• Contact your state's department of motor vehicles. It's unlikely with a first-offense DUI that you'll be denied coverage by all conventional insurance providers, but that could happen if you've had a prior DUI or if you have many other recent offenses on your driving record. In that case, your only resort for an auto policy may be your state's high-risk insurance pool. Every state has one, and none of them is inexpensive but it's available as a last resort.
  • Give it time. In most states, a DUI "falls off" your driving record within five years, but in many states it will persist for 10 years; Florida keeps it on your record for 75 years, and in Alaska it will remain forever. When (or if) the offense disappears from your driving record, the offense no longer affects your insurance eligibility or rates, so eventually you may be able to get affordable coverage again.

    Note that court orders to file SR-22 or FR-44 certifications have fixed durations—typically three to five years—but insurers don't remove them automatically at the end of that period. When your state-ordered notification period ends, you should ask your insurer to get the certification removed.

  • Consider alternative transportation. Buses, cabs and services such as Uber and Lyft may be less convenient than having your own car, but using them for a few years could be more affordable than paying for high-risk auto insurance. Just be aware that a long gap in your insurance coverage history may contribute to your premium being higher when you get another policy.

Note that the preceding overview addresses first-offense DUI convictions. Repeat convictions, no matter how much time has passed following a first offense, can have more severe consequences, including mandatory prison time in many states, and they may make it far more difficult to get car insurance.

How to Save on Car Insurance After a DUI

In the first years following a DUI conviction, your auto insurance options may be limited, but you can still take some steps to lower your costs using strategies that apply whether or not you have a DUI conviction:

  • Remove unnecessary coverage. Collision coverage, which pays for repairs from accidents that aren't your fault, and comprehensive coverage, which covers theft and repairs unrelated to accidents (such as storm damage) both cap payouts at your car's market value. Eliminating them could be worthwhile if you have an older car with limited resale value. Getting rid of add-on benefits such as roadside assistance and rental-car coverage also could save you money.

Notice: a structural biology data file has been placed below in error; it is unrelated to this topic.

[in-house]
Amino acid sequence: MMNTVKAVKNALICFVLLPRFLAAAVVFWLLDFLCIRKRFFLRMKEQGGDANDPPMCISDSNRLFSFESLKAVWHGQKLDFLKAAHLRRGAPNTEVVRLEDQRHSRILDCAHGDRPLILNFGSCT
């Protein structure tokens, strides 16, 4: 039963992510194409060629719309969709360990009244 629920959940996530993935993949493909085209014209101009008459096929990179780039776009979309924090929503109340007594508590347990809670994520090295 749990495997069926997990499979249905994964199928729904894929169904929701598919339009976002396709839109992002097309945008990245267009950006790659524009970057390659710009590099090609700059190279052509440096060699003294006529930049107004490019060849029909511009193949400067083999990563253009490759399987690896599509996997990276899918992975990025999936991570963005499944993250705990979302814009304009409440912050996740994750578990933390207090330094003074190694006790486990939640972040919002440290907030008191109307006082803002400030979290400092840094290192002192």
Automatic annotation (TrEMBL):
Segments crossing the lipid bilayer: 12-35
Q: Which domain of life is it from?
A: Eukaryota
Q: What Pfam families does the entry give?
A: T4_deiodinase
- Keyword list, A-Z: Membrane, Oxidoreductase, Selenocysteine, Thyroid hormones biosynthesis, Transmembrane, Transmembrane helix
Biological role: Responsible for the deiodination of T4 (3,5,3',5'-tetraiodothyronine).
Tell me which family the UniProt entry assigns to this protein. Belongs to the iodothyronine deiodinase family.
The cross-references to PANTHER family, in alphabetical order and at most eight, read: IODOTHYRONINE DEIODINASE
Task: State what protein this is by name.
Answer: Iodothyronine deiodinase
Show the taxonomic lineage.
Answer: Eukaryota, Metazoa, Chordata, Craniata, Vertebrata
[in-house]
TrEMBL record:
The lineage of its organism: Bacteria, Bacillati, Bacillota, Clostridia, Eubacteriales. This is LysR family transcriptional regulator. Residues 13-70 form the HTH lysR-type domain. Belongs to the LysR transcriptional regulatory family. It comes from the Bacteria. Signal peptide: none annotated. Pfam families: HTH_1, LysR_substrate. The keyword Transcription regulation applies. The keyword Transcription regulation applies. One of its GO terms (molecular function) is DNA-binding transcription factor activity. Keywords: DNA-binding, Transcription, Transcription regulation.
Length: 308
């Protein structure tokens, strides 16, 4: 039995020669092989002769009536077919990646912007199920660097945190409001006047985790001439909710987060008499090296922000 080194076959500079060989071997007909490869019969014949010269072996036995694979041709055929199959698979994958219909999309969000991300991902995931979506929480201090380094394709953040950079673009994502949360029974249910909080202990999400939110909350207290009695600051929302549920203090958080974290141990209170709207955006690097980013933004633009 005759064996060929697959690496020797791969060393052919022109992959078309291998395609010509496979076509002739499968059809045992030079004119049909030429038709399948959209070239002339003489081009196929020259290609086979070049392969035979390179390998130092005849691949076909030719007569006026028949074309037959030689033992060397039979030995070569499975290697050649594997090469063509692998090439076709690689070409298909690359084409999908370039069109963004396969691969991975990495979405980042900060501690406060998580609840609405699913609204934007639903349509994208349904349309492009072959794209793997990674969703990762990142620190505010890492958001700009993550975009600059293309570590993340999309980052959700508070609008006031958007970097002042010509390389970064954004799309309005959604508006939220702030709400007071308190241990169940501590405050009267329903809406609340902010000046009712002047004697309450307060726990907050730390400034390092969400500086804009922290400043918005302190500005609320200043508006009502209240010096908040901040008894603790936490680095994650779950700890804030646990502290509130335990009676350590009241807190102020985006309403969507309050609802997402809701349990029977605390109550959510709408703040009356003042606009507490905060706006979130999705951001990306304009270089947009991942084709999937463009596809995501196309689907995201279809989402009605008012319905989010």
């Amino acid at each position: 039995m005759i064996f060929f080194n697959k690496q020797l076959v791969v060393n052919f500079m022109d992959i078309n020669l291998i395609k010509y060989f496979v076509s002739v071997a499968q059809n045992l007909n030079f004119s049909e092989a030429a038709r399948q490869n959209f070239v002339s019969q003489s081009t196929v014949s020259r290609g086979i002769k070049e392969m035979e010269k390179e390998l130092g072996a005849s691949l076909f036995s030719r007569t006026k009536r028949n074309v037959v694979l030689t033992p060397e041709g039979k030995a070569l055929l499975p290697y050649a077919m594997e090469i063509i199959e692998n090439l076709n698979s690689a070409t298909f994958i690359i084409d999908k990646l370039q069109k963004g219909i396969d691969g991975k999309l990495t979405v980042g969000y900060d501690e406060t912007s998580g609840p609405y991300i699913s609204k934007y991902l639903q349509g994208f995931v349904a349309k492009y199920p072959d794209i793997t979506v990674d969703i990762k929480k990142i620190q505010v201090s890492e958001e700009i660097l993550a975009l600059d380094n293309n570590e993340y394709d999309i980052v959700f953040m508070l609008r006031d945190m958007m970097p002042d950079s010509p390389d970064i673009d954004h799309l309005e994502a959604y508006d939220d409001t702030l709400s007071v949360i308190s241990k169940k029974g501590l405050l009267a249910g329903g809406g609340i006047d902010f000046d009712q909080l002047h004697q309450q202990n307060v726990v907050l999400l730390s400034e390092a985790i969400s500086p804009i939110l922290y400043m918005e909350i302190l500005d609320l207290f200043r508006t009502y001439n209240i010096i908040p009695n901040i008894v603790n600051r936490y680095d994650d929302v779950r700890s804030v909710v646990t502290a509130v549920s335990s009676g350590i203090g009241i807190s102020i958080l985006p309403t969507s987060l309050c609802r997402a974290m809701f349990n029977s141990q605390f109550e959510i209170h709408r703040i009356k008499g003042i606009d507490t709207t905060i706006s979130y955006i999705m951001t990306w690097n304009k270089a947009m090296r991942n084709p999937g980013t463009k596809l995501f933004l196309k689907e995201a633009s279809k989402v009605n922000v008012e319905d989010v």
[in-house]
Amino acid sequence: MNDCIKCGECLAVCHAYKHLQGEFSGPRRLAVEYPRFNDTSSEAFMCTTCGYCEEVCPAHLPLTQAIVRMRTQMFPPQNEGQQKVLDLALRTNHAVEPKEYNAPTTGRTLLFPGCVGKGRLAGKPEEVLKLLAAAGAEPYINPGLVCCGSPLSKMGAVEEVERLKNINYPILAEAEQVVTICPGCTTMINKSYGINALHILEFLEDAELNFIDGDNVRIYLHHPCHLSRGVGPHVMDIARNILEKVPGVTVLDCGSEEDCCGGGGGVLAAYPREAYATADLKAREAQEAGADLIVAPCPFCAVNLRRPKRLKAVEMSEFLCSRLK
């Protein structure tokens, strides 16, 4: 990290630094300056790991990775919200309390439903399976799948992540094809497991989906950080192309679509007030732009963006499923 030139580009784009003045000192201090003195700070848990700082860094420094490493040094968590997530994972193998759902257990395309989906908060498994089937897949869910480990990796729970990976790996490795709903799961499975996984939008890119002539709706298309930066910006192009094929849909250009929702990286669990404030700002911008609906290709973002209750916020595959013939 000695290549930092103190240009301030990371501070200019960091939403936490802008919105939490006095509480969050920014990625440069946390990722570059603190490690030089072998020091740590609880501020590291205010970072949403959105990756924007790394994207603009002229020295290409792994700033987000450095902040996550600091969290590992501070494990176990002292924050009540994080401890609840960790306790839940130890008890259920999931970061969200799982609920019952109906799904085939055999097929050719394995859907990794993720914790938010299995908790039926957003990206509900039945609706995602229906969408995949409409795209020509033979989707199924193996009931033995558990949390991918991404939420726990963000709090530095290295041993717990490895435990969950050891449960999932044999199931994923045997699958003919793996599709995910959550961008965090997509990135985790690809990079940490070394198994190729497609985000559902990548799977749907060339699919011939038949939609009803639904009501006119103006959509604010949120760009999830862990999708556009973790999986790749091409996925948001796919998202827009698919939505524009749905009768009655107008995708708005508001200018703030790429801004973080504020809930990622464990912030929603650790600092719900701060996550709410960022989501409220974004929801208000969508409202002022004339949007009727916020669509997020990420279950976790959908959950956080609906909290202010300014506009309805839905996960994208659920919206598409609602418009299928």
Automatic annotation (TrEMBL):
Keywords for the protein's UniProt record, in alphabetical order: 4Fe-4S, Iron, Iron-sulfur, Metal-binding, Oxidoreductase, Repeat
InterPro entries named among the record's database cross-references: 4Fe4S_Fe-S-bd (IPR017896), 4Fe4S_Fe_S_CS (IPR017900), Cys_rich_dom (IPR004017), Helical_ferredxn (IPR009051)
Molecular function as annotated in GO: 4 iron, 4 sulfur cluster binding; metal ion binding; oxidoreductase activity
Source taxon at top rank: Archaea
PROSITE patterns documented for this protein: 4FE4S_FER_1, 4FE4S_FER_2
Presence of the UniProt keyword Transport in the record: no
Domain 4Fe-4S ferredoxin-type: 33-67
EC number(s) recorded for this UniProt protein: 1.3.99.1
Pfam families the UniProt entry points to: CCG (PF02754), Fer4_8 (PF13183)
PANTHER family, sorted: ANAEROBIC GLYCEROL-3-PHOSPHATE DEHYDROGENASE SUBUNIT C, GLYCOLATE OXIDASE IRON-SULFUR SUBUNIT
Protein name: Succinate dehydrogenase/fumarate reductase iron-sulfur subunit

• Consider a non-owner policy. If you forgo car ownership (by selling your vehicle or choosing not to replace one wrecked in an accident), you can get an auto insurance policy that covers you when driving rental cars or borrowed vehicles, often at considerably lower rates than you'd pay for standard auto coverage. (In many states, drivers with DUI convictions who don't own cars may be required to purchase such a policy, to satisfy SR-22 requirements.)
  • Improve your credit scores. Except in California, Hawaii, Maryland, Massachusetts, Washington, Michigan, Oregon and Utah, where insurers' use of credit scores is restricted, most insurance companies use a credit-based insurance score to help determine your auto premiums. Having a poor credit score could mean paying more for auto insurance, and taking steps to increase your credit score could help reduce your rates.
  • Avoid additional infractions. Establishing and maintaining a clean driving record always helps reduce your auto insurance costs, but it's even more critical after a DUI conviction. A second conviction for driving impaired, in particular, could cost you far more than a hike in your insurance rates: You could lose your driver's license and even your freedom.

Driving under the influence of alcohol or drugs is a serious offense—not to mention an extremely dangerous thing to do. According to the National Highway Traffic Safety Administration, about 28 Americans die every day in drunk-driving crashes.

A DUI conviction can wreak havoc on your life, and bring significant hikes in insurance rates. If you're convicted of a DUI, the best way to save on insurance costs and avoid even costlier errors in the future is to learn from the experience and avoid repeating it.